- Natural Grocers announced Wednesday it is now offering in-store, personalized shopping experiences with its nutritional health coaches at select locations.
- Shoppers can have a free, 30-minute walkthrough by a coach, who can point out personalized product recommendations, give suggestions for household products that are better for both the planet and people, and offer advice on food and supplement options for pets.
- Natural Grocers stressed that this new experience aims to meet shoppers’ tailored needs, such as dietary restrictions or interest in learning more about which products are healthier or more sustainable.
Natural Grocers’ new offering comes at a time when other grocers are also leaning into personalization coupled with food-as-medicine to capture shoppers’ interests.
The personalized shopping experience allows Natural Grocers to highlight its quality standards and emphasis on health and well-being when it comes to food. To encourage customers to try the service, Natural Grocers is offering them a coupon for $5 off a purchase of at least $25.
Natural Grocers did not say how many of its more than 160 stores across 21 states will offer the service.
Along with getting personalized product recommendations, Natural Grocers said shoppers can also boost their awareness of ecologically conscious products and why food choices matter.
After the shopping experience, customers can schedule a complimentary coaching session to continue working on their food and health goals, per the booking details on Natural Grocers’ website.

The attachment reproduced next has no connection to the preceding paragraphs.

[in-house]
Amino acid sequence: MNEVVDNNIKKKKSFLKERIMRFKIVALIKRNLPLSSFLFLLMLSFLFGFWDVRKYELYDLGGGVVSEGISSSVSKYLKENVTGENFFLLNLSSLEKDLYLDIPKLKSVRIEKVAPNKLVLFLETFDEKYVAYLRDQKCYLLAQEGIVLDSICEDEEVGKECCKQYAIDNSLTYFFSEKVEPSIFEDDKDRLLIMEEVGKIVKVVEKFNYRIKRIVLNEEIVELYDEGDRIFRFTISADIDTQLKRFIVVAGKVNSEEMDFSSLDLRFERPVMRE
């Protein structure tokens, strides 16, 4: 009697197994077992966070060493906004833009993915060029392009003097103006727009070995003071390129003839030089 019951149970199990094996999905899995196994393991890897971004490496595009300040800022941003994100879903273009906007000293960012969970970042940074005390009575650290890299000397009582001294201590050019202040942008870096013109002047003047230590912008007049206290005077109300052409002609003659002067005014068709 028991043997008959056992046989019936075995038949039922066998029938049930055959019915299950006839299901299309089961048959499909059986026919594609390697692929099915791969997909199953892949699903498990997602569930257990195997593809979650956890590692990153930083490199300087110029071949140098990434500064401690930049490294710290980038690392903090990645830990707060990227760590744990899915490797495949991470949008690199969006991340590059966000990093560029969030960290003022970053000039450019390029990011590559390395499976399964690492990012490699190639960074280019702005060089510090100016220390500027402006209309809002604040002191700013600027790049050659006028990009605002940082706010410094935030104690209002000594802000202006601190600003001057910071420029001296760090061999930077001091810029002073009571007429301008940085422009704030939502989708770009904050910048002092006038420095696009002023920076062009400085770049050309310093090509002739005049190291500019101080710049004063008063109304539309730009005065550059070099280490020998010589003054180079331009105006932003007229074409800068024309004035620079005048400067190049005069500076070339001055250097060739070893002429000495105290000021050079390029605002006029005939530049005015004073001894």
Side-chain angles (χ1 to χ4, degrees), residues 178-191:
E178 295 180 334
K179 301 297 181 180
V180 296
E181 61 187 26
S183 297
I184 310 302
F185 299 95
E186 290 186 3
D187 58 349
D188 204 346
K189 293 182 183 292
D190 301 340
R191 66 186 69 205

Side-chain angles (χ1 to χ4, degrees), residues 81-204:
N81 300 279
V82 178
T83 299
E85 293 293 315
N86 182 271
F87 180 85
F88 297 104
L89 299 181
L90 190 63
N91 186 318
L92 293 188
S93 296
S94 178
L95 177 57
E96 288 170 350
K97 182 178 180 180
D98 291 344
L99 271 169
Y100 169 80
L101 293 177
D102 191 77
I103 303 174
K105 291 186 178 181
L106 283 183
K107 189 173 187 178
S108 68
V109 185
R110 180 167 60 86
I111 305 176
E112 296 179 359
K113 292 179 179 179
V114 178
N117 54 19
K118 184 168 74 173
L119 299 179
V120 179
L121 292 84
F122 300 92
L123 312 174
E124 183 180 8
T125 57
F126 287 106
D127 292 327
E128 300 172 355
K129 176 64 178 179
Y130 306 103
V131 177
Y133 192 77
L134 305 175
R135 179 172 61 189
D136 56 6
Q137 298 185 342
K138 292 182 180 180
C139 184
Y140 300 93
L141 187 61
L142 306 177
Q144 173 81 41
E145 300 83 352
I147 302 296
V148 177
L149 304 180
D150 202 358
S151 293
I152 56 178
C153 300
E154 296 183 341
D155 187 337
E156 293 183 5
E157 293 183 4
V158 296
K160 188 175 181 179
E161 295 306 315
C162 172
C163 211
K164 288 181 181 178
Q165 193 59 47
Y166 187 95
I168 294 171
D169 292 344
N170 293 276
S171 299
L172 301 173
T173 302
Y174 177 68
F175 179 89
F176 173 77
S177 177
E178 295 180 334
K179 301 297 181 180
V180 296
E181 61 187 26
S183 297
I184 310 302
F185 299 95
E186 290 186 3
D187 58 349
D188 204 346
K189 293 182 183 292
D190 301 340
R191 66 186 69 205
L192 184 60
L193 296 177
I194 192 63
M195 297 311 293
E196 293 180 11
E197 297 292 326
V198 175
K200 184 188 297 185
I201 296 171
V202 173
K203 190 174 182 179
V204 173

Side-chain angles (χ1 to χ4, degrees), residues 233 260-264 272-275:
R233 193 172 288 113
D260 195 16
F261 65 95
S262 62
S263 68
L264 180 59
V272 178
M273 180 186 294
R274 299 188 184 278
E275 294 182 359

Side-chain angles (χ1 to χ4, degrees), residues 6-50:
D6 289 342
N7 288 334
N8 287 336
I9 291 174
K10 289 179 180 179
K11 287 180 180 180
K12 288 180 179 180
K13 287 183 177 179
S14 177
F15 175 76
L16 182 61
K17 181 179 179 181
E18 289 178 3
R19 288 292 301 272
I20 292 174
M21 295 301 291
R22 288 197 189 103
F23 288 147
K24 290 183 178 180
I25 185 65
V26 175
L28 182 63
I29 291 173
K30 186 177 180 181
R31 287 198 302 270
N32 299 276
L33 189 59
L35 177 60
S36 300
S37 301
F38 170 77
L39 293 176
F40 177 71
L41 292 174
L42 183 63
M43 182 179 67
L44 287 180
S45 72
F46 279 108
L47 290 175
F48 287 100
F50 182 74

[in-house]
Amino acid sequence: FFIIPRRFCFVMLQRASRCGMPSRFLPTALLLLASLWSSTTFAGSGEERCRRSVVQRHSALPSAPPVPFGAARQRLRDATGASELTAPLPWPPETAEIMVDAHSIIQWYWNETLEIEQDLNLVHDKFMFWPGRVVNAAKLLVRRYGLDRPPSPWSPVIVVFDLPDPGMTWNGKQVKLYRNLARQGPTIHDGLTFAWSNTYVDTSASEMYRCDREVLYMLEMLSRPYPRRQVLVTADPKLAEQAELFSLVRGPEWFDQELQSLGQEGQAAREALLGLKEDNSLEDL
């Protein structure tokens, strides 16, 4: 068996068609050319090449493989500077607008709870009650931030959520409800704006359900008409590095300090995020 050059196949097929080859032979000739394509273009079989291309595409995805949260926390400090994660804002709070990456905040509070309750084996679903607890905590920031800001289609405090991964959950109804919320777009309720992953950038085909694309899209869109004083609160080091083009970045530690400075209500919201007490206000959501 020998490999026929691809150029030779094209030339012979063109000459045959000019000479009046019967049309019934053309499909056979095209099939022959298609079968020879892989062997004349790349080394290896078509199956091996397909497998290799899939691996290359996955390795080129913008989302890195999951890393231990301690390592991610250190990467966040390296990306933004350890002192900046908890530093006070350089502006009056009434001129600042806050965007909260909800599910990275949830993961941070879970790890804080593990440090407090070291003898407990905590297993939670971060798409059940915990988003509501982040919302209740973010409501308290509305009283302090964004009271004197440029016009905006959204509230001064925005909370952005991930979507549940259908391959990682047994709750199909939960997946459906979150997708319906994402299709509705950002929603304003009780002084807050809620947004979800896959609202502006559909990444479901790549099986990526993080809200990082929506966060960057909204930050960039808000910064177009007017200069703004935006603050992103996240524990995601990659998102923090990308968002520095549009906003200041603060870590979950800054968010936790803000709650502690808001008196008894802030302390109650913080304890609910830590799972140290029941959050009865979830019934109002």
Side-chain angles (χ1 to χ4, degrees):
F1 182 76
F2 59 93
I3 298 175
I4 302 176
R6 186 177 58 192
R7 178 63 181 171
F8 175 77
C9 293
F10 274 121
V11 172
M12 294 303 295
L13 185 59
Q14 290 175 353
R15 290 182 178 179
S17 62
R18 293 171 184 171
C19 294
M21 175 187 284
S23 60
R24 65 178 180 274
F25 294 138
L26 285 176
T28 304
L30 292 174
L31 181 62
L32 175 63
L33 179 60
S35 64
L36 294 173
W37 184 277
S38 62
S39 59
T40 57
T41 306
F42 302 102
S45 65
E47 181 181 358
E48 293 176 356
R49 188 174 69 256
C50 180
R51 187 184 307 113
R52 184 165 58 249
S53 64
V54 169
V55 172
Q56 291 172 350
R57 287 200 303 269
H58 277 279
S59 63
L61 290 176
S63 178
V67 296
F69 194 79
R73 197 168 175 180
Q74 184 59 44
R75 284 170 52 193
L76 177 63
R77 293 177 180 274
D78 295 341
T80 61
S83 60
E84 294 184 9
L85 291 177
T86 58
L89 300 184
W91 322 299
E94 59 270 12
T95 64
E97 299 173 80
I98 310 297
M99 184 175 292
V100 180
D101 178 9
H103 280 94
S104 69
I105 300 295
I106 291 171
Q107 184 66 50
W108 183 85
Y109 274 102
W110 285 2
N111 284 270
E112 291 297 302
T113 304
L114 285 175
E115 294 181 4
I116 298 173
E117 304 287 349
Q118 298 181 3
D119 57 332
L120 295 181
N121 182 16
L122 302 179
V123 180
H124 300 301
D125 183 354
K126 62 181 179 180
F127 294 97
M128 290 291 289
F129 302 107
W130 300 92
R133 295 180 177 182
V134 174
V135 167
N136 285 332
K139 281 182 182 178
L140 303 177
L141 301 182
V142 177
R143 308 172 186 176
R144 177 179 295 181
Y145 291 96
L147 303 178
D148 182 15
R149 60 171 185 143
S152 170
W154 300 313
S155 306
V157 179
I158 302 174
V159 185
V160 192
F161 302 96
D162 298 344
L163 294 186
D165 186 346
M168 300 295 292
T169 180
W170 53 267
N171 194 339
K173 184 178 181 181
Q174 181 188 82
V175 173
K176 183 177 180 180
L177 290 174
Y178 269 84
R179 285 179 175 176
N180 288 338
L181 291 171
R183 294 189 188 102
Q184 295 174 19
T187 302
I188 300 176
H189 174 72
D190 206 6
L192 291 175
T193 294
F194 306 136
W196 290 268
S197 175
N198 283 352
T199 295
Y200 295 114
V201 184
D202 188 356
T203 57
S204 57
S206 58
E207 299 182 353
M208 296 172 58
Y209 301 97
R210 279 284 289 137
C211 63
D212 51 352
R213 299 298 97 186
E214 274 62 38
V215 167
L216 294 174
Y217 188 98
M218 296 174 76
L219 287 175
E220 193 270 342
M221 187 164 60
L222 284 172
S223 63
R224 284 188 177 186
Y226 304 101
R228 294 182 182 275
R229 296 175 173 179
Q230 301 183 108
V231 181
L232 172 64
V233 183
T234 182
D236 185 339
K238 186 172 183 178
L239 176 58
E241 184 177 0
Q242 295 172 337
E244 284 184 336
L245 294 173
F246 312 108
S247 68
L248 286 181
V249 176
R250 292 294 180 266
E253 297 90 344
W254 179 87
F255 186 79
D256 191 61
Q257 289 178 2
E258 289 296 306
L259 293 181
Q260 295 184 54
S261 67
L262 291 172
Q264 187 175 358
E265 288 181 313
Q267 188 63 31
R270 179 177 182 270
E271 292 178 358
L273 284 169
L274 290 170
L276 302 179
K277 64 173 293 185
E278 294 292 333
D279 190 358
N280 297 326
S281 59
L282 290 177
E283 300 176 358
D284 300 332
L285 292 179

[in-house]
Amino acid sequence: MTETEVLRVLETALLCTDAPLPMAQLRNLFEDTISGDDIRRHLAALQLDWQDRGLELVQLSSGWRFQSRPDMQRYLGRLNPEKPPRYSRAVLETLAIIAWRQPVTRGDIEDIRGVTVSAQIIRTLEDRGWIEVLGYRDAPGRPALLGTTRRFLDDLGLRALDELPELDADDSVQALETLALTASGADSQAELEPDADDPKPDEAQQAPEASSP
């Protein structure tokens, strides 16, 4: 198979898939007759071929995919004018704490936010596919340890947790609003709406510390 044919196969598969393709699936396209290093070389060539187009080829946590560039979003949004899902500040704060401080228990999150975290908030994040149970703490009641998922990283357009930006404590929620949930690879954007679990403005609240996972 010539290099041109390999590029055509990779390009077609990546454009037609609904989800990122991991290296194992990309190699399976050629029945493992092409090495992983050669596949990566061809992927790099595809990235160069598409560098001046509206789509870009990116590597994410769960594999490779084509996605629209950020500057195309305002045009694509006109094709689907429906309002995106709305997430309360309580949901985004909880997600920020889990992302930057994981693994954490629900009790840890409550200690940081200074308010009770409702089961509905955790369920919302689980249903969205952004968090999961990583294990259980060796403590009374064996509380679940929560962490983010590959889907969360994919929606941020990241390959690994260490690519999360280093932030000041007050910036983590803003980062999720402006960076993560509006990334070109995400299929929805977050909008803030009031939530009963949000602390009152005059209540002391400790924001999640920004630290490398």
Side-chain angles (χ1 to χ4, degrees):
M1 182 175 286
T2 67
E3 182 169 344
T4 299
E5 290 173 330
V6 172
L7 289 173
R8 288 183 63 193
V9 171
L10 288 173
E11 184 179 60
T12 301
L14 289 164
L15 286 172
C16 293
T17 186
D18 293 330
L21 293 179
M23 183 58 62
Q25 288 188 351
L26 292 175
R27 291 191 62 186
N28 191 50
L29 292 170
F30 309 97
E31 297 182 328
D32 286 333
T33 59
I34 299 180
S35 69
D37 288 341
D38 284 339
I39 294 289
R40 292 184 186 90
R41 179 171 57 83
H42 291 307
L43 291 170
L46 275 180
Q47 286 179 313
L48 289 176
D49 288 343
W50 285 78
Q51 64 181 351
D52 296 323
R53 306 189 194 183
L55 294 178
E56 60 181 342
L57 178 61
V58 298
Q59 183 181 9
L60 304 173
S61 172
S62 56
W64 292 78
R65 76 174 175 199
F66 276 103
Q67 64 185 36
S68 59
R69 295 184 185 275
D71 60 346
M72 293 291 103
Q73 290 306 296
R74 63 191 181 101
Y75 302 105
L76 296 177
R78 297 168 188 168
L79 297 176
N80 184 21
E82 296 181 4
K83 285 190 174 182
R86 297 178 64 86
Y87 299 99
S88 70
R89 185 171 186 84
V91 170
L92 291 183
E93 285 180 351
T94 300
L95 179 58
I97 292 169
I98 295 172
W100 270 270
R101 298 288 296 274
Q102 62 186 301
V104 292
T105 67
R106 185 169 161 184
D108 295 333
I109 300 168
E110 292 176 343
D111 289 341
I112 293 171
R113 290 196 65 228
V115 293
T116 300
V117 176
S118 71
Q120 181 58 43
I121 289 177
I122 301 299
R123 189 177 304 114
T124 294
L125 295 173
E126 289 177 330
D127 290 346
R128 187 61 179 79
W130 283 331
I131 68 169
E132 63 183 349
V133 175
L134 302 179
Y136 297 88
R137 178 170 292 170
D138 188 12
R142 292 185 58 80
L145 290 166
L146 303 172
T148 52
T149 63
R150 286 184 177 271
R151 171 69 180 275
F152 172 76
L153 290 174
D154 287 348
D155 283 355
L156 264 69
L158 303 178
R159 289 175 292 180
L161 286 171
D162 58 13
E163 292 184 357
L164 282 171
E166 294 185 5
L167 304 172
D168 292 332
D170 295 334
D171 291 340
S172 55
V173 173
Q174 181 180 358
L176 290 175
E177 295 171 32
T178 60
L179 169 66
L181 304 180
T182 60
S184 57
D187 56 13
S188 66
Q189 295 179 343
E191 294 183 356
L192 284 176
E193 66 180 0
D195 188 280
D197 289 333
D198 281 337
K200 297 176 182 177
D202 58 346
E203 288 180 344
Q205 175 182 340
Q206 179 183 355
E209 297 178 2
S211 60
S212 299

“We want to help take the confusion out of reading labels, shopping for supplements, and meal planning,” Karen Falbo, director of nutrition education for Natural Grocers, said in a statement. “We want to make it easier and quicker to shop so that achieving personal nutritional health goals can be done with ease.”
The new offering builds on Natural Grocers’ growing resources for customers interested in the intersection of food and health. The specialty grocer also has in-store nutrition classes and recipe demonstrations. Customers can ask health coaches questions via an online portal and get a response via email or phone within a few days.
The Food Industry Association has noted personalized nutrition education is one of several key avenues grocers can explore to tap into the food-as-medicine trend. Other ways include medically tailored nutrition from a registered dietitian nutritionist or health professional, food prescription programs, path-to-purchase marketing and incentive programs, such as coupons for fruits and vegetables.
Other grocers and technology companies in the food space are also expanding the prevalence of food as medicine. Earlier this month, Instacart announced new tools to help health providers scale food as medicine.
Kroger’s Health division has also been busy expanding its nutrition scoring, food prescriptions and dietitian-focused approach to help consumers leverage food for preventative care.